Wouldn't you also require two different calibrations? One done for the white BOC and a different one done for the grey?

This is one of the things that has always confused me about the side-by-side shots that get posted. The PJ is calibrated (hopefully) for one of the screen surfaces being displayed, so naturally, all the others will not looks as good as they *could* were the PJ calibrated for them.

I'd rather see a shot of screen 1, displaying picture X, with the PJ calibrated for screen 1.
Then take a second picture of screen 2, displaying picture X, with the PJ calibrated for screen 2.

Change as few other variables as possible, then compare the results...
My general thought process has always been that re-adjusting black and white levels would suffice.
Yeah if you want to send something out to me to take a look at that would be great. If you could send something the size of a sheet of paper that would be best. Not a big rush as my i1pro is going back to X-Rite tomorrow for it's yearly re-certification. I'm a couple months late on that this year.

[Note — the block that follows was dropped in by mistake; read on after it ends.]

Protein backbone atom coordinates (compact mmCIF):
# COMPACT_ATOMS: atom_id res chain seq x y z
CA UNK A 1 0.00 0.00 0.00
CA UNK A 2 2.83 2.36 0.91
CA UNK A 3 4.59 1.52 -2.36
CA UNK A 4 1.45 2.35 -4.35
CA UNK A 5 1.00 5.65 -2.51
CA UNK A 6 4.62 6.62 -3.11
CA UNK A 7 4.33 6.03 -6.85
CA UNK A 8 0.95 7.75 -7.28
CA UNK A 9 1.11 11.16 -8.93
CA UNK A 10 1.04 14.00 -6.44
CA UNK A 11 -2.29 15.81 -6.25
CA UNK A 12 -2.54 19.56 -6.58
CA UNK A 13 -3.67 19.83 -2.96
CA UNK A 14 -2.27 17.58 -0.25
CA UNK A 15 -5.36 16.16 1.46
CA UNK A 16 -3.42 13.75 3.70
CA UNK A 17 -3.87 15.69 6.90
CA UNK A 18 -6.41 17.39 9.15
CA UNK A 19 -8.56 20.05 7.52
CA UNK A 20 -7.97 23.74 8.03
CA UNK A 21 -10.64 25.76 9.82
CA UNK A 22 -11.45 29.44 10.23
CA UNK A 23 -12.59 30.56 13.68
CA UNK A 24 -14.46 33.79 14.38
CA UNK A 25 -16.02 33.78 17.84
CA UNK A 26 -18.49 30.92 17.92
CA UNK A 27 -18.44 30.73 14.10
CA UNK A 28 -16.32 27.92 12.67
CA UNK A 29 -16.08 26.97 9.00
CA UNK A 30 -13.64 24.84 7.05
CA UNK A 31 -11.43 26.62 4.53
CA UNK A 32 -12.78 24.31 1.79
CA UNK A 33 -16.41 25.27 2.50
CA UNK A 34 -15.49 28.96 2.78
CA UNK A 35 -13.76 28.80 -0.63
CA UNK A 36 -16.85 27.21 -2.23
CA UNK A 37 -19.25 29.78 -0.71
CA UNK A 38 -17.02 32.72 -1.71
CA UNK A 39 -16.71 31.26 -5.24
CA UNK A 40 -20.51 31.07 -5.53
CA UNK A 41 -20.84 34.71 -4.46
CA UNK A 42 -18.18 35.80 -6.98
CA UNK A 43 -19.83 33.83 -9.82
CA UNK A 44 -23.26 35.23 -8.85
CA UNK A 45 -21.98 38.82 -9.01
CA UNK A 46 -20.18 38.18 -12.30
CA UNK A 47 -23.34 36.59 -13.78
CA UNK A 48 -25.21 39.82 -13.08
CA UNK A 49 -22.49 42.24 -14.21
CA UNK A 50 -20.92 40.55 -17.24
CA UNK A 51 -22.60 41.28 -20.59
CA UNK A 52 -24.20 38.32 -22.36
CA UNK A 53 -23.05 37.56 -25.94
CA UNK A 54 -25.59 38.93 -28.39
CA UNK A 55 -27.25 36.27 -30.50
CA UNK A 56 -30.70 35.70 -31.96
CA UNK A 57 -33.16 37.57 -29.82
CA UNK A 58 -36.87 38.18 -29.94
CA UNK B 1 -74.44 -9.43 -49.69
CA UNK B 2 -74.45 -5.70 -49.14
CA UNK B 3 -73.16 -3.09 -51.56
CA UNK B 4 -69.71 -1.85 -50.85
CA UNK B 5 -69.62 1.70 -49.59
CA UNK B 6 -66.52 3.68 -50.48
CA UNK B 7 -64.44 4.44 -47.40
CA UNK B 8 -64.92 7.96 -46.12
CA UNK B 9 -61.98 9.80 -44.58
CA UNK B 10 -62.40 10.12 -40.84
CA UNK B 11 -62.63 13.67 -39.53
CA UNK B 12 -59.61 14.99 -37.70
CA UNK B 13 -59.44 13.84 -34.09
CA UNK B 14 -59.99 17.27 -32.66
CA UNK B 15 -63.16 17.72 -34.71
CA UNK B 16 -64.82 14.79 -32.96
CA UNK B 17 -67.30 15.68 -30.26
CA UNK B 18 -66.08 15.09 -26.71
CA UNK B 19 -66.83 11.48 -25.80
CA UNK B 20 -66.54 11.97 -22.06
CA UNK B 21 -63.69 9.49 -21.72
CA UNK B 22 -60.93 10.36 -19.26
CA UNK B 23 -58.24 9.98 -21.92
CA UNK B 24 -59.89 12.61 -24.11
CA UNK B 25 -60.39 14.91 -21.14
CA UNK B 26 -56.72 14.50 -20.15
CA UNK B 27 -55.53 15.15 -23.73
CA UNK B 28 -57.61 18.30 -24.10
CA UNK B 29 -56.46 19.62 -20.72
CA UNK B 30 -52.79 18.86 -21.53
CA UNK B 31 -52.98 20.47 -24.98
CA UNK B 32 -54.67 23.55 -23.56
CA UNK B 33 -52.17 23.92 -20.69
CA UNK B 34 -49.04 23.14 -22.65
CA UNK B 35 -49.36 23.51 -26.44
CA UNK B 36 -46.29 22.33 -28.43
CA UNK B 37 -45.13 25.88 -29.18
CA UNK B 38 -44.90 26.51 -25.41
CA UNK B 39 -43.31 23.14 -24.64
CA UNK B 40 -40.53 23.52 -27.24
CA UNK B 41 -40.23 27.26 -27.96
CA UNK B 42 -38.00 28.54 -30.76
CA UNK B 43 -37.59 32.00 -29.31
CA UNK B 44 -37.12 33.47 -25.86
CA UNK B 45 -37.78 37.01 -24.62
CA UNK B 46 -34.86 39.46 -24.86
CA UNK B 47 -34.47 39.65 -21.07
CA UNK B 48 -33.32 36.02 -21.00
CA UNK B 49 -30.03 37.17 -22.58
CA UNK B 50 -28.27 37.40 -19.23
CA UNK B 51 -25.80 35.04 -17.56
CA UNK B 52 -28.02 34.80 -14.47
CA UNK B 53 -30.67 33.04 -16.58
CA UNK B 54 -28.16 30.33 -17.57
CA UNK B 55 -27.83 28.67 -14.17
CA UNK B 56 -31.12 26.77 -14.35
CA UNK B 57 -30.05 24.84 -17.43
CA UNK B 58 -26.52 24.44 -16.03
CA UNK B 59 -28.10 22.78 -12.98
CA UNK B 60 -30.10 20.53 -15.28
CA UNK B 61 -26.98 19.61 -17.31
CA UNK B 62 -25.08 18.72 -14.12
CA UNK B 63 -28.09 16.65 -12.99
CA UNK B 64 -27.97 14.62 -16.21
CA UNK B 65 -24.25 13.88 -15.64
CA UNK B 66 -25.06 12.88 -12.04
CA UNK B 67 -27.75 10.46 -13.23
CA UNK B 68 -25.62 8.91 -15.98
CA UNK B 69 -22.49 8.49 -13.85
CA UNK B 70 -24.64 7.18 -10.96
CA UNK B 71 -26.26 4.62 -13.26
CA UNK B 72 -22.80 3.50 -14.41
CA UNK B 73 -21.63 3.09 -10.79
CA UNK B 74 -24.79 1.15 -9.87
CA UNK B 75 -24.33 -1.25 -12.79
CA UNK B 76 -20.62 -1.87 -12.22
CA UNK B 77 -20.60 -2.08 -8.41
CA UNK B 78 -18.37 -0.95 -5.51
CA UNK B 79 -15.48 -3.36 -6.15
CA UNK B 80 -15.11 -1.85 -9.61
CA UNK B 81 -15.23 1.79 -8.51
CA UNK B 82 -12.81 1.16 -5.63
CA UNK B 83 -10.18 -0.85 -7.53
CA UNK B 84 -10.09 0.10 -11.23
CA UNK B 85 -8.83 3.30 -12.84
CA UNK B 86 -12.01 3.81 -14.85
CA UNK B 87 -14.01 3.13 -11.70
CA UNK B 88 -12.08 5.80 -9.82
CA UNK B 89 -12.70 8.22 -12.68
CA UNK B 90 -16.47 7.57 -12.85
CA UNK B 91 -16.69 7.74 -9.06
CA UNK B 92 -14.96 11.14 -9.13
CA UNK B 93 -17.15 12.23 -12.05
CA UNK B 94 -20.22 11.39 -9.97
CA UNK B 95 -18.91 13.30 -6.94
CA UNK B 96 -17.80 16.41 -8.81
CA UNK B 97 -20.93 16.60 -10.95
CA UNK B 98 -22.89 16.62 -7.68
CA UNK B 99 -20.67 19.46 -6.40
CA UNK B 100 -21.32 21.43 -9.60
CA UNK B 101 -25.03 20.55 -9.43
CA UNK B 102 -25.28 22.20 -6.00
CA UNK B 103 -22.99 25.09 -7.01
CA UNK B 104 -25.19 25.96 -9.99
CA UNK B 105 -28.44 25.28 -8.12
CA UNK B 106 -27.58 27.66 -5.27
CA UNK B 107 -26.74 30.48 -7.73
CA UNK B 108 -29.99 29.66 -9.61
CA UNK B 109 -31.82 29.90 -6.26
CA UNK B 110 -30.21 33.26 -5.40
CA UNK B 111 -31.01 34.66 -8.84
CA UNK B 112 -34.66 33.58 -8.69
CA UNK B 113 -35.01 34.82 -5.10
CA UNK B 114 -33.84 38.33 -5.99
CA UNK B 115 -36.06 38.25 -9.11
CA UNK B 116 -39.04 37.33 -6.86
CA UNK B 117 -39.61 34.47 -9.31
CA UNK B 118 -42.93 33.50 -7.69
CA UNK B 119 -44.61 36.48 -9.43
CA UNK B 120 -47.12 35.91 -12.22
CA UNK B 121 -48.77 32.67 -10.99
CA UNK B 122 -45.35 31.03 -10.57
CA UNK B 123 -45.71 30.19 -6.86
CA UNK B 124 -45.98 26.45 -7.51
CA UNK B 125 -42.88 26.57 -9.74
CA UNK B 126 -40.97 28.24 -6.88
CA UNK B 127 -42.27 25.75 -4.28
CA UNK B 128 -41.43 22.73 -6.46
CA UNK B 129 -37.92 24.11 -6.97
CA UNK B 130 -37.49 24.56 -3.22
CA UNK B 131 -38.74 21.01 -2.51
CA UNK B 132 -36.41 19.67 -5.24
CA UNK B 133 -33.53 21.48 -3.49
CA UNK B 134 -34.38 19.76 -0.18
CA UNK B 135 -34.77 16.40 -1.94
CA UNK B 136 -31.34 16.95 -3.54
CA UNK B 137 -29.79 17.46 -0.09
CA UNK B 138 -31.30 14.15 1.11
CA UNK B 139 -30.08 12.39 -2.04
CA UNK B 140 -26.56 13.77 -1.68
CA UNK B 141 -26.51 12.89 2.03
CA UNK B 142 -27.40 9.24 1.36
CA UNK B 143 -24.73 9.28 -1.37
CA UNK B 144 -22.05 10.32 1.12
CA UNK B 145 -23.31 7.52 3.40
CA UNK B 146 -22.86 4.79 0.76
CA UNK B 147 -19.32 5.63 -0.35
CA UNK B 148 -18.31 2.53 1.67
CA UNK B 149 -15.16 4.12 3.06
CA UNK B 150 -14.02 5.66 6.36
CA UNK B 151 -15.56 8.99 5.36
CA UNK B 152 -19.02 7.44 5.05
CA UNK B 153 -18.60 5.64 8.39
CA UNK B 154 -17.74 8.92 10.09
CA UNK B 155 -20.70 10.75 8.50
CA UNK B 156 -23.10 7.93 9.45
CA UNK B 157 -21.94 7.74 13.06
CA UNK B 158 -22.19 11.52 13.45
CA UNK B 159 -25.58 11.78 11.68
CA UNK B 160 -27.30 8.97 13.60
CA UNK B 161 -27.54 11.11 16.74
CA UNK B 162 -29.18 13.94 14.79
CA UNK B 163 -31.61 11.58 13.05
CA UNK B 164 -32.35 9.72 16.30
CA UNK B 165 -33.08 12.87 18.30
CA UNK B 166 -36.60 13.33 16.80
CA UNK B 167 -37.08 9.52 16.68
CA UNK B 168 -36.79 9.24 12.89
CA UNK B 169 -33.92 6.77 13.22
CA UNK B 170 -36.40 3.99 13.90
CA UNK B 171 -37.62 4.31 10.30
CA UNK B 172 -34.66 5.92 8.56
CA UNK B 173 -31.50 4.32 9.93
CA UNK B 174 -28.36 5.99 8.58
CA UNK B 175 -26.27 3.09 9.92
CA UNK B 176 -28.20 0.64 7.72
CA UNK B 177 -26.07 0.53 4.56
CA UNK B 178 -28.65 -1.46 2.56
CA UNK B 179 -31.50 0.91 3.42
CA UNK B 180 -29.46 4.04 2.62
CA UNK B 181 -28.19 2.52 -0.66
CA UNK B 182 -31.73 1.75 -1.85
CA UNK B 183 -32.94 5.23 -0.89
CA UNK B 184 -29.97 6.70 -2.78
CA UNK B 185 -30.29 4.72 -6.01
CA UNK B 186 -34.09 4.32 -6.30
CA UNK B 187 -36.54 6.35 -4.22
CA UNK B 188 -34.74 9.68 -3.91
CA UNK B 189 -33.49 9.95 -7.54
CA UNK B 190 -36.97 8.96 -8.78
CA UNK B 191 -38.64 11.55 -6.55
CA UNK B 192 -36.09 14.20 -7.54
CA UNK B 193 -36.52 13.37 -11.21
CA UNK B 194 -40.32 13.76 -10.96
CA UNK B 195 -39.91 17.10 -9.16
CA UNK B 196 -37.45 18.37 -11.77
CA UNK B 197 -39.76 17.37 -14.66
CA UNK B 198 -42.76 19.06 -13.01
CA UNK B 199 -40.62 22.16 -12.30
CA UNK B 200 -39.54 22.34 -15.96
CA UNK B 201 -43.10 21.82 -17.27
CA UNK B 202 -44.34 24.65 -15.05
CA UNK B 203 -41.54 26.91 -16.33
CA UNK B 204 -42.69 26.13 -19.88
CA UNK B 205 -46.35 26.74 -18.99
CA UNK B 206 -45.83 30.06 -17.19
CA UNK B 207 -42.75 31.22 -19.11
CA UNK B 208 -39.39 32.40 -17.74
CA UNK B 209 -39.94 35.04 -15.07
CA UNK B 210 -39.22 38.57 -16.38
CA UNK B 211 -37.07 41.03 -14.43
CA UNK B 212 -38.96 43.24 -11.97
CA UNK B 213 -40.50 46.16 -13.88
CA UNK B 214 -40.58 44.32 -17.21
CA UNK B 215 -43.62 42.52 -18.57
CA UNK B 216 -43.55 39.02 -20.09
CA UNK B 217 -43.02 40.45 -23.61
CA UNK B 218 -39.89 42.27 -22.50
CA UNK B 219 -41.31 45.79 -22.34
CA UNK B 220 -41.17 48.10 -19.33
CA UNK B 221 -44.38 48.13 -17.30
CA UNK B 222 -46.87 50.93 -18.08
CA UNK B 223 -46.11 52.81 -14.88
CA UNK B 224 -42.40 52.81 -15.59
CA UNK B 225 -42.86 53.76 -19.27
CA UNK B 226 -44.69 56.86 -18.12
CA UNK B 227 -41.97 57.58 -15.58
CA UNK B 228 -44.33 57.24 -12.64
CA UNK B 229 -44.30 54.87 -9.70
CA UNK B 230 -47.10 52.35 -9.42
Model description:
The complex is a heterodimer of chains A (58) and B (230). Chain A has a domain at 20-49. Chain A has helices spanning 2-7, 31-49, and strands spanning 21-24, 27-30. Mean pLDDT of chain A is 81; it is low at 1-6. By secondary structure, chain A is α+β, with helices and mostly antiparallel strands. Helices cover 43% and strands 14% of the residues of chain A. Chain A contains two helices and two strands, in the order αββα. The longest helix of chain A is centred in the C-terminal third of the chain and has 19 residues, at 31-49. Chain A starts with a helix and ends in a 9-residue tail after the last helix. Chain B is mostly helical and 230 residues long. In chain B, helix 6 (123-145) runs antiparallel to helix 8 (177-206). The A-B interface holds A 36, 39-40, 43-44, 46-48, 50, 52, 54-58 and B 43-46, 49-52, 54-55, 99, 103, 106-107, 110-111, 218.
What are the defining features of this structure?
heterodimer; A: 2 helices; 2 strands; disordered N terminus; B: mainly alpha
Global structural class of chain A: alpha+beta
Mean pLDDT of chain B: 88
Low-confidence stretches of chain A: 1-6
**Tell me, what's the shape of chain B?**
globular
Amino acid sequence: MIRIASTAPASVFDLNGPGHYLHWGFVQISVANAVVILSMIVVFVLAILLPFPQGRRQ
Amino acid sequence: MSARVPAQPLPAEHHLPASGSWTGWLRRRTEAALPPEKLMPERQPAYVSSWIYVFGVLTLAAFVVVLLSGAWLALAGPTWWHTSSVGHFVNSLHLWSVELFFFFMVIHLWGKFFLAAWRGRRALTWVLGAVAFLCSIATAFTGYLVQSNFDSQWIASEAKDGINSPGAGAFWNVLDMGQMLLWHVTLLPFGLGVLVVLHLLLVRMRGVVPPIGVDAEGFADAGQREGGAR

If mech or anyone else who has a full BW screen interested in doing this let me know.
I no longer have a full BW screen. My screen was damaged and has been replaced by a Elite EZFrame CineGrey.

But I still have several panels and I'm sure one of them has BW on it. :T And I can get pretty much everything I need from the 11X8" piece.

As for Jeff's (umr) test, I wanted to take a run down to Missouri to see how he does things but my (actually my kids) schedule doesn't allow me to. And then I figured why bother. :dontknow: We've already accomplished most everything that he's done and the readings he has done up to this point confirmed ours so there's really no point. :huh: He's not doing anything that we haven't already done before him. It's nice to have our numbers and our data backed up by a more expensive spectro. :nerd: